Ads on television and in health-food stores extol the benefits of antioxidant vitamins, but they don’t mention that cancerous tissues may depend even more than healthy ones on access to antioxidants. In fact, scientists have just devised an anti-antioxidant dietary therapy that suppresses breast cancer in rodents.
Previously, Craig D. Albright’s team at the University of North Carolina in Chapel Hill had shown that some tumors turn off a normal process that leads to cell suicide, or apoptosis. This path to apoptosis can be promoted by reactive oxygen-bearing molecules, such as hydrogen peroxide and hydroxyl radicals, which antioxidants ordinarily keep in check.
Because cancerous tissues tend to produce excesses of these same reactive molecules, Albright’s group tried removing vitamins A and E–both antioxidants–from the diet of mice bred to spontaneously develop brain cancer. At once, cells in the animals’ tumors exhibited high rates of apoptosis and tumor growth slowed. That was about a year ago.
Now, Albright reports testing the same dietary strategy in mice genetically engineered to develop a lethal cancer that biologically resembles human breast malignancies.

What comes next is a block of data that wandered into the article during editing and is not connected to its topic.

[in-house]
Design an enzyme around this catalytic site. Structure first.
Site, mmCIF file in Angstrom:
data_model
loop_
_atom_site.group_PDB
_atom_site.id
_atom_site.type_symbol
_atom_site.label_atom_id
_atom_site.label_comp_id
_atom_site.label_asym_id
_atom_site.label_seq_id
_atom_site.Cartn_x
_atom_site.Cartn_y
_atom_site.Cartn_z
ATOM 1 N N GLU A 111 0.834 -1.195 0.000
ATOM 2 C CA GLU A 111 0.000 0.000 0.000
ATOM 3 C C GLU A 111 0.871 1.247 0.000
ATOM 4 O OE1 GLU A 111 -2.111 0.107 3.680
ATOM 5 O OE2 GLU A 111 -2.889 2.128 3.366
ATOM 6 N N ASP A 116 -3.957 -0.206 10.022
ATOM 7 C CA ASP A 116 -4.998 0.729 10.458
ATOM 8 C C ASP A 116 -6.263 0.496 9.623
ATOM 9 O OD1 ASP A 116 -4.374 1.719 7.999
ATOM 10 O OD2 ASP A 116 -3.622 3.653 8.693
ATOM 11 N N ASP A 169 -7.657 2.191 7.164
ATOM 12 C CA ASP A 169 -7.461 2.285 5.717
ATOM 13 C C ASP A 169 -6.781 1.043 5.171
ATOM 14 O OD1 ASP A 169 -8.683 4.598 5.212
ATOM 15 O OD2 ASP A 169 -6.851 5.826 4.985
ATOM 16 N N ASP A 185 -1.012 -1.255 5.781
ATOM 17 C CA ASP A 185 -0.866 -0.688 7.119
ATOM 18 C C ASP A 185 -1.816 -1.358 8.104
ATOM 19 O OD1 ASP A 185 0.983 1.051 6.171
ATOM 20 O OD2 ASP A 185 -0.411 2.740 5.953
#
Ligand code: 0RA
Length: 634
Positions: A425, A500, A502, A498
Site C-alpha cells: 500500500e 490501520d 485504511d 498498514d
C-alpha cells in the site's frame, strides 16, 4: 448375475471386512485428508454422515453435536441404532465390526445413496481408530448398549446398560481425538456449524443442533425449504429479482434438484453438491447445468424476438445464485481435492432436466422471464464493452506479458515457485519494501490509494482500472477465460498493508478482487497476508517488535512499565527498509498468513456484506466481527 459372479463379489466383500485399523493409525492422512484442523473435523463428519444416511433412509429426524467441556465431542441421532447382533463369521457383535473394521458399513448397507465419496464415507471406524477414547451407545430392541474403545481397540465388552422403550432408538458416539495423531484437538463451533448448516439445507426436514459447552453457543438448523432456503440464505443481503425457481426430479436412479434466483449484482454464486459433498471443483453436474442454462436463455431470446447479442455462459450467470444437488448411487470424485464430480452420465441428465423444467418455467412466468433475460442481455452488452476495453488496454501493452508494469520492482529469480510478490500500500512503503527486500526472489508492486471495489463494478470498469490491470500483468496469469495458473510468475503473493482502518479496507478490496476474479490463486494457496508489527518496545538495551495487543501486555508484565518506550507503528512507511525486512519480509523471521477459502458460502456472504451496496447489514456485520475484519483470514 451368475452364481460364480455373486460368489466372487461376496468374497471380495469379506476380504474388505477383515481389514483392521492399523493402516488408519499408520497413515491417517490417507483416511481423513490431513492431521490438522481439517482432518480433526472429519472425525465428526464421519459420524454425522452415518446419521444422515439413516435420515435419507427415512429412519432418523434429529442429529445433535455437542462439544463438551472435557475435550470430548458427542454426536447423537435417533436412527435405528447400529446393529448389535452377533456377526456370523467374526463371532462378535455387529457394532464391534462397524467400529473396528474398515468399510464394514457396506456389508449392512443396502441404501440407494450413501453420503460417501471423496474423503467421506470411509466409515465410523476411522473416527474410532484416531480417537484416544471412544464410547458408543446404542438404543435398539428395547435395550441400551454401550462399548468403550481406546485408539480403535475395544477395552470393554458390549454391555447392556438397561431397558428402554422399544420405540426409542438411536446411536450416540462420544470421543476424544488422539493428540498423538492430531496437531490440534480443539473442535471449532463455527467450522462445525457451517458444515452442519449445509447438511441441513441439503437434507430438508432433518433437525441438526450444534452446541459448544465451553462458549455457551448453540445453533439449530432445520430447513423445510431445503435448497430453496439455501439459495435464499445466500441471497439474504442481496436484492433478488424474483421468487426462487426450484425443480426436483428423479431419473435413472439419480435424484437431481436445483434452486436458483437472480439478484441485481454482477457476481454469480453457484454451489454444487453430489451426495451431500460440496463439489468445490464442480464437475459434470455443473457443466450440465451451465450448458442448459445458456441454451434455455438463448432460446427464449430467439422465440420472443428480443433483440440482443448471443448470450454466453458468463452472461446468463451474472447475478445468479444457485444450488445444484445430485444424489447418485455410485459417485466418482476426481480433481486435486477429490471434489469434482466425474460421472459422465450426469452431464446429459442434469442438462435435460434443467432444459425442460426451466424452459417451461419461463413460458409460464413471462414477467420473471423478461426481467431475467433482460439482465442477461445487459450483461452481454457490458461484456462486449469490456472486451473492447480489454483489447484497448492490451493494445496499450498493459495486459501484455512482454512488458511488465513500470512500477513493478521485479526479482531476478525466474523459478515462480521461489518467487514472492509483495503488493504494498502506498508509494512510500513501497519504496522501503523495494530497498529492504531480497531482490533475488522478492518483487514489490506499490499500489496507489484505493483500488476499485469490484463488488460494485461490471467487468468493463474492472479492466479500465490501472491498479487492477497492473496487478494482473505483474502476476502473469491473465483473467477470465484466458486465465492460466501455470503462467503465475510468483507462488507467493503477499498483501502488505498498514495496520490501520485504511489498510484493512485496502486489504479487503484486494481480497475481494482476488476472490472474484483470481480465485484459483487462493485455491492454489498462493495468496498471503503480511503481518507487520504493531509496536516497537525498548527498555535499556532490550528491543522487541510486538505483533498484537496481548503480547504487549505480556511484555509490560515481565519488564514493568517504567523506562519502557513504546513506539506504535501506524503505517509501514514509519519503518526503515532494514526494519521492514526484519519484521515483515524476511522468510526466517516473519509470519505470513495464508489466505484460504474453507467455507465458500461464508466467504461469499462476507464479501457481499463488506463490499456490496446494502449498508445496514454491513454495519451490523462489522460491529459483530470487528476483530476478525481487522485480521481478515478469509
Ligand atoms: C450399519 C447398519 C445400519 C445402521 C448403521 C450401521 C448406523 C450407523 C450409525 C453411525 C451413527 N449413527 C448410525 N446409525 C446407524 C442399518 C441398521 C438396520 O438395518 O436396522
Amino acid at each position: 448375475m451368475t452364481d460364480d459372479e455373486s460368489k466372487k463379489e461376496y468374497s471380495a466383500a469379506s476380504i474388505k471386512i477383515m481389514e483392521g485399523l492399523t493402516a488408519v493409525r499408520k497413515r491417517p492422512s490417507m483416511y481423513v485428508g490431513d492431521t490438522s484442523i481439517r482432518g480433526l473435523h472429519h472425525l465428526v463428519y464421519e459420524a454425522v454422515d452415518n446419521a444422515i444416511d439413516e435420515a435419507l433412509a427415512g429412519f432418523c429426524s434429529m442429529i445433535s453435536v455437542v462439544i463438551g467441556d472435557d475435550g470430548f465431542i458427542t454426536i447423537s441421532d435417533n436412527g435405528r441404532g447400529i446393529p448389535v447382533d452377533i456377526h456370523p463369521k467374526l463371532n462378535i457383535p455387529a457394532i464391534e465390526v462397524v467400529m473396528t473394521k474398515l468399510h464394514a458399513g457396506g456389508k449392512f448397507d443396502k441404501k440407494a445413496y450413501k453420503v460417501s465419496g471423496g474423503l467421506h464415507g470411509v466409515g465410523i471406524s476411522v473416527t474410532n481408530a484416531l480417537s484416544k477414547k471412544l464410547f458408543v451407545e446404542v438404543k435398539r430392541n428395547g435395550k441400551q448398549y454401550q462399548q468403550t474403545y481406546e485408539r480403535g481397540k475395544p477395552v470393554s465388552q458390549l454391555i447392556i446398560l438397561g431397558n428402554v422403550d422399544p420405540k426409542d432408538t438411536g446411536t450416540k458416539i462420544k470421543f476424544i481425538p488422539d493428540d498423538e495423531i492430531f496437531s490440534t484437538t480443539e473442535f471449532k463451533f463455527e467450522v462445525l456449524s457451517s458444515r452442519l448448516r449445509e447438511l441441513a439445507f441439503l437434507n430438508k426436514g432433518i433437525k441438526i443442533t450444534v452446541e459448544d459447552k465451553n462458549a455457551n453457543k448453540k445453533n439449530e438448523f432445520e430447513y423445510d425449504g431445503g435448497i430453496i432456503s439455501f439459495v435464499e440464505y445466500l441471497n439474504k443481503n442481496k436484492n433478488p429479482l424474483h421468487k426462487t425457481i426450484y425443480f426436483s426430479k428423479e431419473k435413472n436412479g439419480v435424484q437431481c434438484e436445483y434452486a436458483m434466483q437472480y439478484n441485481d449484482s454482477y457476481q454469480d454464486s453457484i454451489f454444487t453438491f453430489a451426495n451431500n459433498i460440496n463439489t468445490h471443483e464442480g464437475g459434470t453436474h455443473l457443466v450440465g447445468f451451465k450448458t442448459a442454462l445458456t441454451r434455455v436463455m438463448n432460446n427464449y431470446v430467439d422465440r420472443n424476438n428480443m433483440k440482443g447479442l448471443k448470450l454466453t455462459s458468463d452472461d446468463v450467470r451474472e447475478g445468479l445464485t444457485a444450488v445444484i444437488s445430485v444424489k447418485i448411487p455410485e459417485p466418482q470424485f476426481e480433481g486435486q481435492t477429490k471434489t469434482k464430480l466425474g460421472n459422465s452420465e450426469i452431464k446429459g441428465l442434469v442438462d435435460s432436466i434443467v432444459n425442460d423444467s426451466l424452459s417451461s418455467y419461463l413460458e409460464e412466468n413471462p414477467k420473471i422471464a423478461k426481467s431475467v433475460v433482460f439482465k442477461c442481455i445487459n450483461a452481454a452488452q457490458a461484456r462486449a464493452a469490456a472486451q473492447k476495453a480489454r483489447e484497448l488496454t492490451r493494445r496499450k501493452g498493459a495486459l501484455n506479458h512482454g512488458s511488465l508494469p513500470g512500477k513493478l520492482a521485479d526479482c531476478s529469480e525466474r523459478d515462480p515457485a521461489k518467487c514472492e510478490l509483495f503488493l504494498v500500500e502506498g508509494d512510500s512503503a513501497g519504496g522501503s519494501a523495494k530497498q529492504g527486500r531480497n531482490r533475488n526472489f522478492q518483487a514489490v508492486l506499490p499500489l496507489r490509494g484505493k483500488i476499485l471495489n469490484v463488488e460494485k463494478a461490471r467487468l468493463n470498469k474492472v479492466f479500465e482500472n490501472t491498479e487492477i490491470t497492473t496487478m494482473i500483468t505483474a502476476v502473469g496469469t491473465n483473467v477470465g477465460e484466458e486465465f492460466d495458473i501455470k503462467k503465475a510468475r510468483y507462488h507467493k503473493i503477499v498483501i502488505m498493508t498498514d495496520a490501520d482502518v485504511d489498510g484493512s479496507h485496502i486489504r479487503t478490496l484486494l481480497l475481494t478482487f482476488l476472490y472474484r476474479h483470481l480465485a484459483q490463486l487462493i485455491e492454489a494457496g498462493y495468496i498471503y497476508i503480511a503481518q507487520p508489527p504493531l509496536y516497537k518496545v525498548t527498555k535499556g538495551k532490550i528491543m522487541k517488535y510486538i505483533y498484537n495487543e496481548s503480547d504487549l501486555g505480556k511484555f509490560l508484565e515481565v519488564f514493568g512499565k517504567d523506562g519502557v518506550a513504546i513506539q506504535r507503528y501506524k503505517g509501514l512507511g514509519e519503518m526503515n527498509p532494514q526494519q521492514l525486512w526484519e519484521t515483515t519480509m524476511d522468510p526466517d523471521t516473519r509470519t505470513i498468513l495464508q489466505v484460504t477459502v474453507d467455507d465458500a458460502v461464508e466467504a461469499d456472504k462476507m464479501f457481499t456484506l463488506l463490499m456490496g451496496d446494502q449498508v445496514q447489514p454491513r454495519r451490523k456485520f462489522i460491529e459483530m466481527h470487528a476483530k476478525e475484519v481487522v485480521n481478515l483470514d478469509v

When 80 animals were 9 weeks old and still free of palpable cancer, the researchers switched half of them to chow lacking vitamins A and E. Six weeks later, all mice had one or two breast tumors. However, tumors in rodents that had eaten the vitamin-depleted diet were only half as big and had spawned only one-quarter as many secondary tumors in the lungs. The tumors in these animals also had elevated concentrations of reactive oxygen molecules and several times as much oxidative damage to their DNA and other vital cellular constituents.
Excess apoptosis appears to have contributed to the lower cancer growth in antioxidant-starved animals. Compared with tumors in the other mice, the antioxidant-deprived rodents had apoptosis rates three times as high in their primary tumors and twice as high in their lung tumors.
The new data indicate that some benefits of the antioxidant depletion may trace to its boosting of a gene, NM23H1, that normally suppresses cancer’s spread. Other scientists had found the gene’s activity is low in human breast cancers that have spawned tumors elsewhere. Albright notes that in cancers from the vitamin-depleted mice, the gene’s activity was clearly elevated. Until now, no one realized this gene might be susceptible to dietary manipulation, he told Science News.
Because all plant-based foods contain vitamin E, Albright cautions anyone against trying to rid his or her diet of this antioxidant. He suspects that a better strategy would be to alter the balance of specific antioxidants in the diet. For instance, vitamin C regenerates vitamin E after the latter has sopped up reactive oxygen species. By limiting vitamin C, he says, “we might induce oxidative stress” that kills tumor cells.